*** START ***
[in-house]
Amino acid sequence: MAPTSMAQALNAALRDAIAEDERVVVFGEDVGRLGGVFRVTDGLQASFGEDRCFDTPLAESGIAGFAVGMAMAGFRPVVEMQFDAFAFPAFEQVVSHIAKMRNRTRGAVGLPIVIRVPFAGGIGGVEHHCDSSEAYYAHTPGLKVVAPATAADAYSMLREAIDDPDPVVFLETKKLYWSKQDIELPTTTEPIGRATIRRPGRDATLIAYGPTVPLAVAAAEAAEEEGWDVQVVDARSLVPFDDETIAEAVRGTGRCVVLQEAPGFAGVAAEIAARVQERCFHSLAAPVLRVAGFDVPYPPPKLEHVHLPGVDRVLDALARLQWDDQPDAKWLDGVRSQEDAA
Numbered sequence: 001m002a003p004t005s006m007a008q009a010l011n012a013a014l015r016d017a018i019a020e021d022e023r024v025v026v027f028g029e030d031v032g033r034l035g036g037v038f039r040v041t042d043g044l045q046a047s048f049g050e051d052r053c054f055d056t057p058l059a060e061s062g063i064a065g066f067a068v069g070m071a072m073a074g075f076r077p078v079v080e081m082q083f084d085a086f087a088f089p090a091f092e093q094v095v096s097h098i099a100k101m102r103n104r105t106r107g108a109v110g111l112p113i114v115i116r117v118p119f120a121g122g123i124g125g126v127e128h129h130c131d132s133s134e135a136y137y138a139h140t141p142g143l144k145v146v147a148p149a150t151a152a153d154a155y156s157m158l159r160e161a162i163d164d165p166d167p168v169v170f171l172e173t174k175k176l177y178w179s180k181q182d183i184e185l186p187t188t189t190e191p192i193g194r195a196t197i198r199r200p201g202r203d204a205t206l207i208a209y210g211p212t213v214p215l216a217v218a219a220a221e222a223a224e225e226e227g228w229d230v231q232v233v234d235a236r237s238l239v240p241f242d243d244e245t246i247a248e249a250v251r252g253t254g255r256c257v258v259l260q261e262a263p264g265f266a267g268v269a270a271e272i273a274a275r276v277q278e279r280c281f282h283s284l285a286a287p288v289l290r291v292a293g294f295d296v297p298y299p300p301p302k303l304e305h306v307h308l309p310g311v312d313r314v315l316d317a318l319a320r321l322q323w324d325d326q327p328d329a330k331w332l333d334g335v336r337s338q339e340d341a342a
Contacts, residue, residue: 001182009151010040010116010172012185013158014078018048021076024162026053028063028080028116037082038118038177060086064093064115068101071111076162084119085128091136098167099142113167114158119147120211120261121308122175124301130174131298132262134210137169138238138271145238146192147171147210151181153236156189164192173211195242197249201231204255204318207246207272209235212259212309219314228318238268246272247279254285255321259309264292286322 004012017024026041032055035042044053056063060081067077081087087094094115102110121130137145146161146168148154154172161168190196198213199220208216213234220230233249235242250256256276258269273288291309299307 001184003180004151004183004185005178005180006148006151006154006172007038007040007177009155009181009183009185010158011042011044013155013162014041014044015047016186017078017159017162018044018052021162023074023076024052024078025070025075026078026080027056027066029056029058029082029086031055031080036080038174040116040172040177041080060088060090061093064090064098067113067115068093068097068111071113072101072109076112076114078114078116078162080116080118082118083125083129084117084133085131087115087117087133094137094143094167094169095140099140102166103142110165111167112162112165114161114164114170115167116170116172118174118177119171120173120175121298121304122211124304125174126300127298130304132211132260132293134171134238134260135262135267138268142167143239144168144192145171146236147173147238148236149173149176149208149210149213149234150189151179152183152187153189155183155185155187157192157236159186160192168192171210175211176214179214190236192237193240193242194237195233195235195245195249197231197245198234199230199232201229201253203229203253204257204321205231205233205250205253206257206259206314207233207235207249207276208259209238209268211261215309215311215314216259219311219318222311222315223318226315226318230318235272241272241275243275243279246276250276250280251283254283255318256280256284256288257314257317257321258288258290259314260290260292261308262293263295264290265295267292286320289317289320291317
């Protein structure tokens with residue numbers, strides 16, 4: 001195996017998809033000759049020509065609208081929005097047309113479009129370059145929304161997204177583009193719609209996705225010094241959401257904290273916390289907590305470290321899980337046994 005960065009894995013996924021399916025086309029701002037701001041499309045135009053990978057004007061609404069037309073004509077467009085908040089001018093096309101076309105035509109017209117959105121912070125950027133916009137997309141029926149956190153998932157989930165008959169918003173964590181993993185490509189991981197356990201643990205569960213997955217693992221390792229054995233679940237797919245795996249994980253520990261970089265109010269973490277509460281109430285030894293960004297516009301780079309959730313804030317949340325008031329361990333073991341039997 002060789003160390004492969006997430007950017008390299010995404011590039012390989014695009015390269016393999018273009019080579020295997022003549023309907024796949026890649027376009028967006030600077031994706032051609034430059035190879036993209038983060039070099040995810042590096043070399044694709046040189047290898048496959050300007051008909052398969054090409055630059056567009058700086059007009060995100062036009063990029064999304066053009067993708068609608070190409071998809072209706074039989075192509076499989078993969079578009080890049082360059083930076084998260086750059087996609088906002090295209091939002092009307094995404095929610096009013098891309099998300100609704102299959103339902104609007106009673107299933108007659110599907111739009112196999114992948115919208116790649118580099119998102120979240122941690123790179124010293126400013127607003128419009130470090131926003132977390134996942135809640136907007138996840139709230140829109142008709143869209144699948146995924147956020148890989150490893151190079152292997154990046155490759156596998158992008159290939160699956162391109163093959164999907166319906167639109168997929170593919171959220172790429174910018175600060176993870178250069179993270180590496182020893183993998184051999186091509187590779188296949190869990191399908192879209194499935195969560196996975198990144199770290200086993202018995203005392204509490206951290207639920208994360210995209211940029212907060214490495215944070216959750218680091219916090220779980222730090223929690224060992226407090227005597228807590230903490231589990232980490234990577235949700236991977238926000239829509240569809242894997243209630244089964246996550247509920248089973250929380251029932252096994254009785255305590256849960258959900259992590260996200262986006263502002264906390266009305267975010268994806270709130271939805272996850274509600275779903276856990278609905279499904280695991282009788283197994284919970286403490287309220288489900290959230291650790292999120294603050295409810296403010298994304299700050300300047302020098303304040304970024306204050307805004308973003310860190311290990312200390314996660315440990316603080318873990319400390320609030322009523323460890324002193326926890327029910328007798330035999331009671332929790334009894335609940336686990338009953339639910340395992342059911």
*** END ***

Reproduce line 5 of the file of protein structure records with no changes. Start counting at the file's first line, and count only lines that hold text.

């Protein structure tokens with residue numbers, strides 16, 4: 001195996017998809033000759049020509065609208081929005097047309113479009129370059145929304161997204177583009193719609209996705225010094241959401257904290273916390289907590305470290321899980337046994 005960065009894995013996924021399916025086309029701002037701001041499309045135009053990978057004007061609404069037309073004509077467009085908040089001018093096309101076309105035509109017209117959105121912070125950027133916009137997309141029926149956190153998932157989930165008959169918003173964590181993993185490509189991981197356990201643990205569960213997955217693992221390792229054995233679940237797919245795996249994980253520990261970089265109010269973490277509460281109430285030894293960004297516009301780079309959730313804030317949340325008031329361990333073991341039997 002060789003160390004492969006997430007950017008390299010995404011590039012390989014695009015390269016393999018273009019080579020295997022003549023309907024796949026890649027376009028967006030600077031994706032051609034430059035190879036993209038983060039070099040995810042590096043070399044694709046040189047290898048496959050300007051008909052398969054090409055630059056567009058700086059007009060995100062036009063990029064999304066053009067993708068609608070190409071998809072209706074039989075192509076499989078993969079578009080890049082360059083930076084998260086750059087996609088906002090295209091939002092009307094995404095929610096009013098891309099998300100609704102299959103339902104609007106009673107299933108007659110599907111739009112196999114992948115919208116790649118580099119998102120979240122941690123790179124010293126400013127607003128419009130470090131926003132977390134996942135809640136907007138996840139709230140829109142008709143869209144699948146995924147956020148890989150490893151190079152292997154990046155490759156596998158992008159290939160699956162391109163093959164999907166319906167639109168997929170593919171959220172790429174910018175600060176993870178250069179993270180590496182020893183993998184051999186091509187590779188296949190869990191399908192879209194499935195969560196996975198990144199770290200086993202018995203005392204509490206951290207639920208994360210995209211940029212907060214490495215944070216959750218680091219916090220779980222730090223929690224060992226407090227005597228807590230903490231589990232980490234990577235949700236991977238926000239829509240569809242894997243209630244089964246996550247509920248089973250929380251029932252096994254009785255305590256849960258959900259992590260996200262986006263502002264906390266009305267975010268994806270709130271939805272996850274509600275779903276856990278609905279499904280695991282009788283197994284919970286403490287309220288489900290959230291650790292999120294603050295409810296403010298994304299700050300300047302020098303304040304970024306204050307805004308973003310860190311290990312200390314996660315440990316603080318873990319400390320609030322009523323460890324002193326926890327029910328007798330035999331009671332929790334009894335609940336686990338009953339639910340395992342059911």